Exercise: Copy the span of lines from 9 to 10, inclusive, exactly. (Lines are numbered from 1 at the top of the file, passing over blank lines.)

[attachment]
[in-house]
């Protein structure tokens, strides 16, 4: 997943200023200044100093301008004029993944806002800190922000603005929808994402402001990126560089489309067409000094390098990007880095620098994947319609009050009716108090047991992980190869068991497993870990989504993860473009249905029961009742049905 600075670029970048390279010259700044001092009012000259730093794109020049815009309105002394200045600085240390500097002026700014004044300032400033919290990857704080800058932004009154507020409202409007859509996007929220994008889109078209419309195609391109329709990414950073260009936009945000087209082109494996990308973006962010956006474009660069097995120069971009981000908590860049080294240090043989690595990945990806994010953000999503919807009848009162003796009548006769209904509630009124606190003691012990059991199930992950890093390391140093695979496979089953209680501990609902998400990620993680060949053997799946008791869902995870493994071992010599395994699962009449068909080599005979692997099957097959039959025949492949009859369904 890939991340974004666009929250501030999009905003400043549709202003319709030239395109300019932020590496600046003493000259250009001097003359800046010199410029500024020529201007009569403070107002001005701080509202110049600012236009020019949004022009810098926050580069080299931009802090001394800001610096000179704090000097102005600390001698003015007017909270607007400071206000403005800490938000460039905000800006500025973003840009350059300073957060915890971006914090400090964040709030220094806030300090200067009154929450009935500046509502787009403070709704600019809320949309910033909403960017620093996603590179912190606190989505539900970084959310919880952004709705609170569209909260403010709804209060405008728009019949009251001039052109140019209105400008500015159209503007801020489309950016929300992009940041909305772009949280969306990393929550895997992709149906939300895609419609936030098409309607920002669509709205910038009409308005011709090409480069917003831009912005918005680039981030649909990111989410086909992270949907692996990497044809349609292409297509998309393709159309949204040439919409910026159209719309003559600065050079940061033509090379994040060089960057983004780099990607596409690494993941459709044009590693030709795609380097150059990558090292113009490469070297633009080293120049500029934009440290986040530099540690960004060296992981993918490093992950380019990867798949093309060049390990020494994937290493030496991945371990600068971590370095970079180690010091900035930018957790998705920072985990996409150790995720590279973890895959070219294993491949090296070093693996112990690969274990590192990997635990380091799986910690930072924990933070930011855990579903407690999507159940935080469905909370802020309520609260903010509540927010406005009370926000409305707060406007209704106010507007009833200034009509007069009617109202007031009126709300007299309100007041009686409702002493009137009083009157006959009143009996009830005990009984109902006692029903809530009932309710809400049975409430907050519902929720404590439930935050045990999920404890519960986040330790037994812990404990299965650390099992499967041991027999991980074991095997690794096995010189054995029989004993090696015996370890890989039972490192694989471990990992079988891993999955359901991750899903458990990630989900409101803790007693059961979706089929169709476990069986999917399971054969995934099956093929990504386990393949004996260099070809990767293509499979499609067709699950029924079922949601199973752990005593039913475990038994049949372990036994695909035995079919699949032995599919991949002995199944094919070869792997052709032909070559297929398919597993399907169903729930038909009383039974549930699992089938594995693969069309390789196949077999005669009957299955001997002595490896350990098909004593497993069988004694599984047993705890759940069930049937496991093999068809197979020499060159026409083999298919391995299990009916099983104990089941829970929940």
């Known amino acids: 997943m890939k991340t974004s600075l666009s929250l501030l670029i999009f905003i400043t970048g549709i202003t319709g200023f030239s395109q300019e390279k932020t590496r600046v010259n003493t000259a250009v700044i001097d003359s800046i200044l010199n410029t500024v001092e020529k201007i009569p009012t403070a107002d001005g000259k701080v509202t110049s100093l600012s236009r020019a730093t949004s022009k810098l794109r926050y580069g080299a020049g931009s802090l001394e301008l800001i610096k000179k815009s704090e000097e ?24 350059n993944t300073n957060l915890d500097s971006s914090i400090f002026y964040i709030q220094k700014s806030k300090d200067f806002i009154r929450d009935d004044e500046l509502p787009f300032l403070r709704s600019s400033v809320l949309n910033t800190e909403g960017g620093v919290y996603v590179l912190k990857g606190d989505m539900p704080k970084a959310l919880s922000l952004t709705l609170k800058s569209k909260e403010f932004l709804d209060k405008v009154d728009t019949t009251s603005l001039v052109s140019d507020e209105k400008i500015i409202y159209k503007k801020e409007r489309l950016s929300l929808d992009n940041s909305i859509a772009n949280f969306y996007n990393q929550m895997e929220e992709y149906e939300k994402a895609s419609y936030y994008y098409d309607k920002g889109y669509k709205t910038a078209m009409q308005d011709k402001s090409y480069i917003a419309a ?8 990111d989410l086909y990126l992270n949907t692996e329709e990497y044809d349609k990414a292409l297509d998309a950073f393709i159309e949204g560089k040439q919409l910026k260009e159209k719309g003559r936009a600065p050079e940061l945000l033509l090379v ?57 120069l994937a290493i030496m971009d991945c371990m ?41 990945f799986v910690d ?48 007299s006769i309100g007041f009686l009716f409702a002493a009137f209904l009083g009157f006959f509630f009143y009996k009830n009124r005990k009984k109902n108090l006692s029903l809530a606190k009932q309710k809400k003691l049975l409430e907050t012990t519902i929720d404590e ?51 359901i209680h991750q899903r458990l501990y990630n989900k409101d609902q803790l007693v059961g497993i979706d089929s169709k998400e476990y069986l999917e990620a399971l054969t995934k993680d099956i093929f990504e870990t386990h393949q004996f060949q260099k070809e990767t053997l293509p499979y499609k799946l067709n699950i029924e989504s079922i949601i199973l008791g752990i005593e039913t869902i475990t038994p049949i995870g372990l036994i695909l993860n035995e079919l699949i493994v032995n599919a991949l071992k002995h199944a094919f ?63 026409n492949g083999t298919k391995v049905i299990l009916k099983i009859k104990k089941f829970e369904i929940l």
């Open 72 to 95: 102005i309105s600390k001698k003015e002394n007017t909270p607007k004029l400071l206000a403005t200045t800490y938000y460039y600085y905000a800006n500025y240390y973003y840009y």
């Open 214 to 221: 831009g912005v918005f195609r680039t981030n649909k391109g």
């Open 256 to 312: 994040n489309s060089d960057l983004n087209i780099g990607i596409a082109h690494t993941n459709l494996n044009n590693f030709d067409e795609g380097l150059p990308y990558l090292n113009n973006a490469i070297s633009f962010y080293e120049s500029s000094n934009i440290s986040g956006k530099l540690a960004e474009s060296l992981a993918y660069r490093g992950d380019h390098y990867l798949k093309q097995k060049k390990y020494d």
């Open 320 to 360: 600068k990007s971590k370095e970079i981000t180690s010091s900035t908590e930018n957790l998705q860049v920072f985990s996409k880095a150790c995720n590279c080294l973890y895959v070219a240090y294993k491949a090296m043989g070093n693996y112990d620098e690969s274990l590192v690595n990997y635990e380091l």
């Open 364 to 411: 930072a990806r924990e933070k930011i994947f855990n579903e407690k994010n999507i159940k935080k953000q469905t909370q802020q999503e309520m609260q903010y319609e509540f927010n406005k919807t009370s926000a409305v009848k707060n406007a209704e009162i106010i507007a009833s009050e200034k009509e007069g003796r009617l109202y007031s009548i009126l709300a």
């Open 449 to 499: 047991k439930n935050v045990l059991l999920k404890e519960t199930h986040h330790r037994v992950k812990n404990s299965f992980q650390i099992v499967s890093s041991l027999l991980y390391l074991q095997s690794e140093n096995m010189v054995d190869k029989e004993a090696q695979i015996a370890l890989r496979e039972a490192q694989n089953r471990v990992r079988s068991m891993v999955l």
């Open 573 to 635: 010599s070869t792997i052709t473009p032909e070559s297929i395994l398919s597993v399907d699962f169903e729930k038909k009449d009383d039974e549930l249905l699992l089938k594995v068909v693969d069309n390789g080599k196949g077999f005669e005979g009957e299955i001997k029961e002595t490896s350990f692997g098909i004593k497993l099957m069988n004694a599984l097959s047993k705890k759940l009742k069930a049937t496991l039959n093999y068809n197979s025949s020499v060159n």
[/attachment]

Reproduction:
């Open 449 to 499: 047991k439930n935050v045990l059991l999920k404890e519960t199930h986040h330790r037994v992950k812990n404990s299965f992980q650390i099992v499967s890093s041991l027999l991980y390391l074991q095997s690794e140093n096995m010189v054995d190869k029989e004993a090696q695979i015996a370890l890989r496979e039972a490192q694989n089953r471990v990992r079988s068991m891993v999955l």
């Open 573 to 635: 010599s070869t792997i052709t473009p032909e070559s297929i395994l398919s597993v399907d699962f169903e729930k038909k009449d009383d039974e549930l249905l699992l089938k594995v068909v693969d069309n390789g080599k196949g077999f005669e005979g009957e299955i001997k029961e002595t490896s350990f692997g098909i004593k497993l099957m069988n004694a599984l097959s047993k705890k759940l009742k069930a049937t496991l039959n093999y068809n197979s025949s020499v060159n």